what they wear every day.

 I saw one young girl wearing blue jeans with 
so many holes that they really lack purpose. I was 
later to find out that you buy these blue jeans with 
all the holes in them. Moreover, the more holes 
they have, the more expensive they are.

 When I was young I had blue jeans with lots of 
holes, but I earned every one of those holes.

 My spirits were beginning to rise and I was 
enjoying my visit in the mall. Do not let that get 
out, I do not want anybody to know I was having a 
good time, particularly, you know who.

 It seemed the more I watched, the more young 
people and children flooded the mall. And, the 
laughter rang from one end of the mall to the other 
with me in between.

 As I was enjoying this little episode, a thought 
snuck into my mind. I must confess that it is a rare 
occasion when a thought actually comes to my 
mind. This time a thought did come to my mind.

 What I wanted to know was, why were all of 
these kids happy? Why were they having so much 

 Don’t they know how miserable the world is 
today? Don’t they know how sad and horrific 
things are on the outside? The hatred, the anger, 
the putrefaction of the world as we know it.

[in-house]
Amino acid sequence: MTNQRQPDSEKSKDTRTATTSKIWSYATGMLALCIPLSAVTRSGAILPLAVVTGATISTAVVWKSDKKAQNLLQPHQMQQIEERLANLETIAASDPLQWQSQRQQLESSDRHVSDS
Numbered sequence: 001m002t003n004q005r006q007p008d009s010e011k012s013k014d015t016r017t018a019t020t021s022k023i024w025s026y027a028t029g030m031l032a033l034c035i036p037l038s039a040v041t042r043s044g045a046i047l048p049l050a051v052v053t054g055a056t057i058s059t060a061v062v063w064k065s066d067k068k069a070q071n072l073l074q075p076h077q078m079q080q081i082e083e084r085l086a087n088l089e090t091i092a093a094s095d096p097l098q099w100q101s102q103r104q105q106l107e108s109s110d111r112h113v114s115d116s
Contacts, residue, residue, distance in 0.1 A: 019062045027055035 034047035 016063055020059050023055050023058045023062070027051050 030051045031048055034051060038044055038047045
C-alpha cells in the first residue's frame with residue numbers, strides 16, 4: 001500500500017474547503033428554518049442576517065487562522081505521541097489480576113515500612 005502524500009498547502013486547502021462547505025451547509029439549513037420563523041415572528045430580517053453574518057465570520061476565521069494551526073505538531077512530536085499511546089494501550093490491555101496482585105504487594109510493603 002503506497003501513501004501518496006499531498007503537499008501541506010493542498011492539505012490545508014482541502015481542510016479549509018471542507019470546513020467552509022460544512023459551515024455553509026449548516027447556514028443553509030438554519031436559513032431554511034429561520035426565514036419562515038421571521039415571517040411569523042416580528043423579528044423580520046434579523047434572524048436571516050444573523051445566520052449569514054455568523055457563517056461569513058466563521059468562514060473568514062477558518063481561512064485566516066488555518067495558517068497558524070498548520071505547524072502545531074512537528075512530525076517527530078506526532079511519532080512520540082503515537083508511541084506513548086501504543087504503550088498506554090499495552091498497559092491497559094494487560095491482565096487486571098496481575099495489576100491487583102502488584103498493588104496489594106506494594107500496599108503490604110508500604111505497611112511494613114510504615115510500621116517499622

Quickly my smile turned upside down and I 

 It then came to me. These kids in the mall having 
a wonderful time were not all caught up with what 
is going on out in the world. Their world is a world 
of fun and excitement. It is only the “old geezers” 
that know about all of the terrible things going on 
in the world. The young only see the good.

 In pondering this, I asked myself a very serious 
question. Why in the world did I grow up?

 Why couldn’t I have stayed young and naïve and 
only focused on having a good time? If I had stayed 
young, I probably would not be so depressed by 
everything that is going on “out in the world.”

 In pondering this, I thought of what David once 
said. “I have been young, and now am old; yet have 
I not seen the righteous forsaken, nor his seed 
begging bread” (Psalms 37:25).

 I can appreciate what these young people see, 
but they really cannot appreciate what I have seen 
through the years. That is simply, God always takes 
care of his people.


 Rev. James L. Snyder is pastor of the Family 
of God Fellowship. He lives with his wife in Silver 
Springs Shores. Call him at 1-866-552-2543 or 
e-mail His web site is www.